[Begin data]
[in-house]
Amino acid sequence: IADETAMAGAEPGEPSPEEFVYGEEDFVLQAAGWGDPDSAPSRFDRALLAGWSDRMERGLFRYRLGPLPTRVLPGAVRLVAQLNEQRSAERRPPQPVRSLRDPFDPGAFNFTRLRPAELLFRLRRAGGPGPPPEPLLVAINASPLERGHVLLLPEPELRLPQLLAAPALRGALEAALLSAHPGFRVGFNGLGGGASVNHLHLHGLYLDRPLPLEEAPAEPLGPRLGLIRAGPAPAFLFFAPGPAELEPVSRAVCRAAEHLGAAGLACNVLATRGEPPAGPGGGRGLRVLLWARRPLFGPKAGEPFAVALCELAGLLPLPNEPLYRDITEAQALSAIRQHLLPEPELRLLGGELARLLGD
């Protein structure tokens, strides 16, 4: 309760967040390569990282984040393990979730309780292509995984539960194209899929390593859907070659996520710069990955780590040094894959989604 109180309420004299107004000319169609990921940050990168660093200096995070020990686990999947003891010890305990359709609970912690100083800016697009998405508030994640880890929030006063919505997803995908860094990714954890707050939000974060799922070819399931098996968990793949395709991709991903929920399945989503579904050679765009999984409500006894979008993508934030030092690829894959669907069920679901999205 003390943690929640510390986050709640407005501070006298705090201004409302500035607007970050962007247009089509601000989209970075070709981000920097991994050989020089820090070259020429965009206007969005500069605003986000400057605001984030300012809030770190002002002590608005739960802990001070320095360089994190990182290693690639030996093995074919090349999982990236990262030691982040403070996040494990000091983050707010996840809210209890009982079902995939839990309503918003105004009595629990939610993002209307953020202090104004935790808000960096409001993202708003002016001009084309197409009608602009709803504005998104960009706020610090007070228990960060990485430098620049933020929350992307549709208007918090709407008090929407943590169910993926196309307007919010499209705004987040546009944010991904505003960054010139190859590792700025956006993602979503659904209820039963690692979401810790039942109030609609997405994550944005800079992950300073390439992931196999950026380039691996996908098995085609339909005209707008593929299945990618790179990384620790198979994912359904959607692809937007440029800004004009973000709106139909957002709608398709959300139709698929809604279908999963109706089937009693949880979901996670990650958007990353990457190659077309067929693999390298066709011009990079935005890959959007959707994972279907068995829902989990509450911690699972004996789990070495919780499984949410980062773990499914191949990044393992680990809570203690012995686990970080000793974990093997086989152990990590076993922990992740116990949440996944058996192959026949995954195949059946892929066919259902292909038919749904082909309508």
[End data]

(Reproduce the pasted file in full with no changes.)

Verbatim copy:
[in-house]
Amino acid sequence: IADETAMAGAEPGEPSPEEFVYGEEDFVLQAAGWGDPDSAPSRFDRALLAGWSDRMERGLFRYRLGPLPTRVLPGAVRLVAQLNEQRSAERRPPQPVRSLRDPFDPGAFNFTRLRPAELLFRLRRAGGPGPPPEPLLVAINASPLERGHVLLLPEPELRLPQLLAAPALRGALEAALLSAHPGFRVGFNGLGGGASVNHLHLHGLYLDRPLPLEEAPAEPLGPRLGLIRAGPAPAFLFFAPGPAELEPVSRAVCRAAEHLGAAGLACNVLATRGEPPAGPGGGRGLRVLLWARRPLFGPKAGEPFAVALCELAGLLPLPNEPLYRDITEAQALSAIRQHLLPEPELRLLGGELARLLGD
């Protein structure tokens, strides 16, 4: 309760967040390569990282984040393990979730309780292509995984539960194209899929390593859907070659996520710069990955780590040094894959989604 109180309420004299107004000319169609990921940050990168660093200096995070020990686990999947003891010890305990359709609970912690100083800016697009998405508030994640880890929030006063919505997803995908860094990714954890707050939000974060799922070819399931098996968990793949395709991709991903929920399945989503579904050679765009999984409500006894979008993508934030030092690829894959669907069920679901999205 003390943690929640510390986050709640407005501070006298705090201004409302500035607007970050962007247009089509601000989209970075070709981000920097991994050989020089820090070259020429965009206007969005500069605003986000400057605001984030300012809030770190002002002590608005739960802990001070320095360089994190990182290693690639030996093995074919090349999982990236990262030691982040403070996040494990000091983050707010996840809210209890009982079902995939839990309503918003105004009595629990939610993002209307953020202090104004935790808000960096409001993202708003002016001009084309197409009608602009709803504005998104960009706020610090007070228990960060990485430098620049933020929350992307549709208007918090709407008090929407943590169910993926196309307007919010499209705004987040546009944010991904505003960054010139190859590792700025956006993602979503659904209820039963690692979401810790039942109030609609997405994550944005800079992950300073390439992931196999950026380039691996996908098995085609339909005209707008593929299945990618790179990384620790198979994912359904959607692809937007440029800004004009973000709106139909957002709608398709959300139709698929809604279908999963109706089937009693949880979901996670990650958007990353990457190659077309067929693999390298066709011009990079935005890959959007959707994972279907068995829902989990509450911690699972004996789990070495919780499984949410980062773990499914191949990044393992680990809570203690012995686990970080000793974990093997086989152990990590076993922990992740116990949440996944058996192959026949995954195949059946892929066919259902292909038919749904082909309508």